This weekend we celebrate one of America’s great holidays, Memorial Day. Formerly known as Decoration Day, it commemorates U. S. soldiers who died while in the military service. It was first enacted to honor Union soldiers of the American Civil War and later extended to honor Americans who have died in all wars. For as long as all of us can remember, Farmingdale Village has celebrated Memorial Day with a parade down Main Street, organized by our Village Fire Department, followed by memorial services on our Village Green. This year is no exception but in addition to the parade and veterans services, we will be dedicating a new Civil War Memorial honoring those from Farmingdale who served in the American Civil War.
New York State’s buying power is equivalent to a Fortune 100 company. That’s according to Howard Glaser, the director of state operations who has been charged by Governor Cuomo with eliminating gross inefficiencies in our state government. His recent audit included findings showing Albany owning more than a million square feet of office space that sits vacant, nearly 2,000 vendors providing expensive duplicate office supplies and services, and over 400 toll-free numbers that have not been called in months, all at taxpayer expense. Our tax dollars should not go to fund agencies that are so bloated they cannot keep records of what they own or the products they purchase.
Senator Charles J. Fuschillo, Jr. recently voted in favor of legislation to raise penalties for drug dealers who sell drugs to children.
“Drug abuse destroys lives, which is why we must do everything we can to keep drugs out of children’s hands. Drug dealers who prey on kids need to face tougher penalties. This legislation will give prosecutors another tool to keep these drug dealers off the streets and away from our children,” said Senator Fuschillo.
Your Village Board has been busy meeting every week on many important issues including a much needed new master plan, updated sign regulations, and new building codes to bring our Village into the 21st century. We want to keep and preserve the positive things we love about living in the Village while looking at necessary changes, particularly in our downtown Main Street area, to keep it relevant and viable for future generations. Please try to attend some of the many upcoming outreach sessions (scoping) to join in the discussions. Your input is valuable to us.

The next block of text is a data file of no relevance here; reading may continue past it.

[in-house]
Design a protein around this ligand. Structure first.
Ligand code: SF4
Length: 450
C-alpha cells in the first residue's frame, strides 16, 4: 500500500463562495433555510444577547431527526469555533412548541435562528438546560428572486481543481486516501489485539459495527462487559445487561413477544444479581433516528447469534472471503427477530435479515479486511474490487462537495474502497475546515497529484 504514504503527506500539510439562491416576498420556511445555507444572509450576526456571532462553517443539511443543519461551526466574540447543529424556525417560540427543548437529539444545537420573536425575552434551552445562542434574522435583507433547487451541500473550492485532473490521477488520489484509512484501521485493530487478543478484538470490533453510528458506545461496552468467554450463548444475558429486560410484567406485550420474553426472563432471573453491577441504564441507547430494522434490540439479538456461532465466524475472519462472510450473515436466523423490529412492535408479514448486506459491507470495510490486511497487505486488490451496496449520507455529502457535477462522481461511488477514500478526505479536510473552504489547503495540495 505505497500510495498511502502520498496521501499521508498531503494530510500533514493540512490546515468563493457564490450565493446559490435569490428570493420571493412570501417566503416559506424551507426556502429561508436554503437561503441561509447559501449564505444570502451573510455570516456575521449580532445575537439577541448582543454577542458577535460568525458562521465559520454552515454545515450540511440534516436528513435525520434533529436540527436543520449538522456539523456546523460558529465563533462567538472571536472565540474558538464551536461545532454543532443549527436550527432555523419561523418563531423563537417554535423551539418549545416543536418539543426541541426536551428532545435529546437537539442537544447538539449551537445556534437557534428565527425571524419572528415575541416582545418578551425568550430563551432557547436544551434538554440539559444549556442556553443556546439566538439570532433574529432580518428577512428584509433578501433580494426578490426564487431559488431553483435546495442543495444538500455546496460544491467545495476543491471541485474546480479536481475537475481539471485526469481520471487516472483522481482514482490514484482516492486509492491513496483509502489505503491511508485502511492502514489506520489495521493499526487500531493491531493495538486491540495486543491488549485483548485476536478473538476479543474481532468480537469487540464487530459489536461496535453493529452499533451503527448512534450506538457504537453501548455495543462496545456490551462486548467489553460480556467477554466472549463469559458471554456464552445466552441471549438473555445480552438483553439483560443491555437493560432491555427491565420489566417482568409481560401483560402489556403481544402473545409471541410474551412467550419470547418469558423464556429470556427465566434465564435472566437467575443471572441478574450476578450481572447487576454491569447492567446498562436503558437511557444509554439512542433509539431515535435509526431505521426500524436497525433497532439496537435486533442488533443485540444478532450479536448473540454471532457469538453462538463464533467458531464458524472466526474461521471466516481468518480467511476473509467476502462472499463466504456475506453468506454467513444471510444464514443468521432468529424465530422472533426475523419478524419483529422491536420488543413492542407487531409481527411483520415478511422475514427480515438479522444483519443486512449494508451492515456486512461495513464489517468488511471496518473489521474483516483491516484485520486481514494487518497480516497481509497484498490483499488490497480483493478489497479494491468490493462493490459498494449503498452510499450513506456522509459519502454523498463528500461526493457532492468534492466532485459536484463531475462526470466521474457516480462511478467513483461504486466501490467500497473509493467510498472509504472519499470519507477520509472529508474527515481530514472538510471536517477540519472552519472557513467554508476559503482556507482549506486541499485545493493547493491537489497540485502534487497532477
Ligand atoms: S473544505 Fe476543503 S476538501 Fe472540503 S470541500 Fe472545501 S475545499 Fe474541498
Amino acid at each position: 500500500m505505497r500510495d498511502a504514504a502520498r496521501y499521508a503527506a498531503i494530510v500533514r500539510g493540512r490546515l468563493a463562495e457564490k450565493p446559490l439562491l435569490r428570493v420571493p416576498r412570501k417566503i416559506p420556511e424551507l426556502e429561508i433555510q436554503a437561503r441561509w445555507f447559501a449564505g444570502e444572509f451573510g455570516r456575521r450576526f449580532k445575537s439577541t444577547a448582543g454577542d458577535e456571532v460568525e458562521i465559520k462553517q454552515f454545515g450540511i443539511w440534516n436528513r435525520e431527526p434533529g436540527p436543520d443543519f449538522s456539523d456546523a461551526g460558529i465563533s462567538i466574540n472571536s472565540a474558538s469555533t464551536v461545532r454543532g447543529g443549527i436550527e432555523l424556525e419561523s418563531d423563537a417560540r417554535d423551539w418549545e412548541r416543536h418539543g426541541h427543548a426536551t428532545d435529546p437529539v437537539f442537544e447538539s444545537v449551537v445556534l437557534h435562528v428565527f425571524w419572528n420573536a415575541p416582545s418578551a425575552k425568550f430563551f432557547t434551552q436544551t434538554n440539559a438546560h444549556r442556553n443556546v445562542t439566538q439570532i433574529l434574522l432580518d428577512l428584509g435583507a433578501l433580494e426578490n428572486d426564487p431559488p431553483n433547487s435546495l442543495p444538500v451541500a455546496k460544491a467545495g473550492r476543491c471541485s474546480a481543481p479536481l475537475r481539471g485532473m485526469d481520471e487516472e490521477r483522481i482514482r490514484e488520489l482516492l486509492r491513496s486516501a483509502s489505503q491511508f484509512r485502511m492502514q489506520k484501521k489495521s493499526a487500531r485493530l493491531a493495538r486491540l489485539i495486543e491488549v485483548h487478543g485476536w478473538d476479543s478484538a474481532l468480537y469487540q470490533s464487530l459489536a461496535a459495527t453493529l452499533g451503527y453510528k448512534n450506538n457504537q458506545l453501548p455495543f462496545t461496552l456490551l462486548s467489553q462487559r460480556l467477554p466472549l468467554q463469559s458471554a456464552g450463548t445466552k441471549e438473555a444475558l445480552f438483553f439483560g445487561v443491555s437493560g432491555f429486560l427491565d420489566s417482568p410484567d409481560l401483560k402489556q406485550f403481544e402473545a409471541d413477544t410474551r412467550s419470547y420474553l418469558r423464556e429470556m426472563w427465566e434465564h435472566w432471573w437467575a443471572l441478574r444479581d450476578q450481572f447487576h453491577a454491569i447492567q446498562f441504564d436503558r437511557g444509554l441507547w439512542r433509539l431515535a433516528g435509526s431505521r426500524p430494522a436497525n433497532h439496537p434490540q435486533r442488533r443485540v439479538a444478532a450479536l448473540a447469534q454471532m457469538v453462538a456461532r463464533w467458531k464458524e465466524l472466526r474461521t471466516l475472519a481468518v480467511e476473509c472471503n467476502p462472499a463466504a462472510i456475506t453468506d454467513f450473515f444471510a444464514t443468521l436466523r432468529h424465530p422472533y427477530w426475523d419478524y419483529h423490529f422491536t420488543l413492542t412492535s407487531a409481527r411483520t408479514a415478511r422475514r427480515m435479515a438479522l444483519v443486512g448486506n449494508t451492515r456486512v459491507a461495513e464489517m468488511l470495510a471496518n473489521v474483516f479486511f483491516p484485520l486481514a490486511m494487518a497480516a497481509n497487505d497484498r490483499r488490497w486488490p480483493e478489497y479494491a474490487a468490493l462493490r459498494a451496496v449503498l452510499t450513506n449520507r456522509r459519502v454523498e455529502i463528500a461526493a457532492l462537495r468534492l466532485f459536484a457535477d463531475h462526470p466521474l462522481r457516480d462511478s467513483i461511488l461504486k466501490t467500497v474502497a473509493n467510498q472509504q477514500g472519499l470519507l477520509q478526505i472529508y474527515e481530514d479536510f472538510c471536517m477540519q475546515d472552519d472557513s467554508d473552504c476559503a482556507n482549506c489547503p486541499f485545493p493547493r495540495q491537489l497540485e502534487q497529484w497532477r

We, the Concerned Citizens Association of Farmingdale (CCAF), would like to extend an open invitation for community residents to attend the May 19, 2011 civic meeting to be held at the Allen Park meeting room, 7:30 p.m.
The League of Women Voters of Nassau County, a non-partisan organization, which neither supports nor opposes any candidate or political party, is concerned about the County Legislature’s haste in re-drawing the legislative district lines. In doing this, the Legislature is not adhering to its own County Charter, subsection 113, which requires an advisory redistricting commission to be established to reapportion the county legislative districts based on the federal census.
Senator Charles J. Fuschillo Jr. announced that the State Senate recently passed legislation to help increase the number of organ and tissue donors in New York State. The legislation would help increase the number of eligible and willing organ donors by requiring driver’s license applicants to specifically indicate their donation decision.
Assemblyman Jim Conte called on the leadership of the New York City dominated Assembly Majority conference to bring the governor’s property tax cap bill to the floor of the Assembly for a vote. The governor’s bill to cap property tax increases at 2 percent was passed earlier this year in the Senate and has broad public support.
In fact, a recent Siena College poll showed that property taxes were rated the top statewide concern among Empire State residents.
There is an old saying that history repeats itself. But when that means that our highways start to resemble the rutted, pothole filled dirt roads seen in silent movies with Model Ts, we have a serious problem that requires new thinking and innovative solutions.
According to the state Department of Transportation (DOT), in 2009, the state replaced or rehabilitated only 40 percent of the bridges and 57 percent of the lane miles that needed repair or replacement because there was not enough money to pay for the work. It’s estimated that it will take $250 billion over the next 20 years to fix New York’s transportation infrastructure.
The Metropolitan Transportation Authority (MTA), Nassau County and State Senate Republicans announced an agreement to stave off proposed cuts to Long Island Bus that would have affected more than half of the bus routes in Nassau County.
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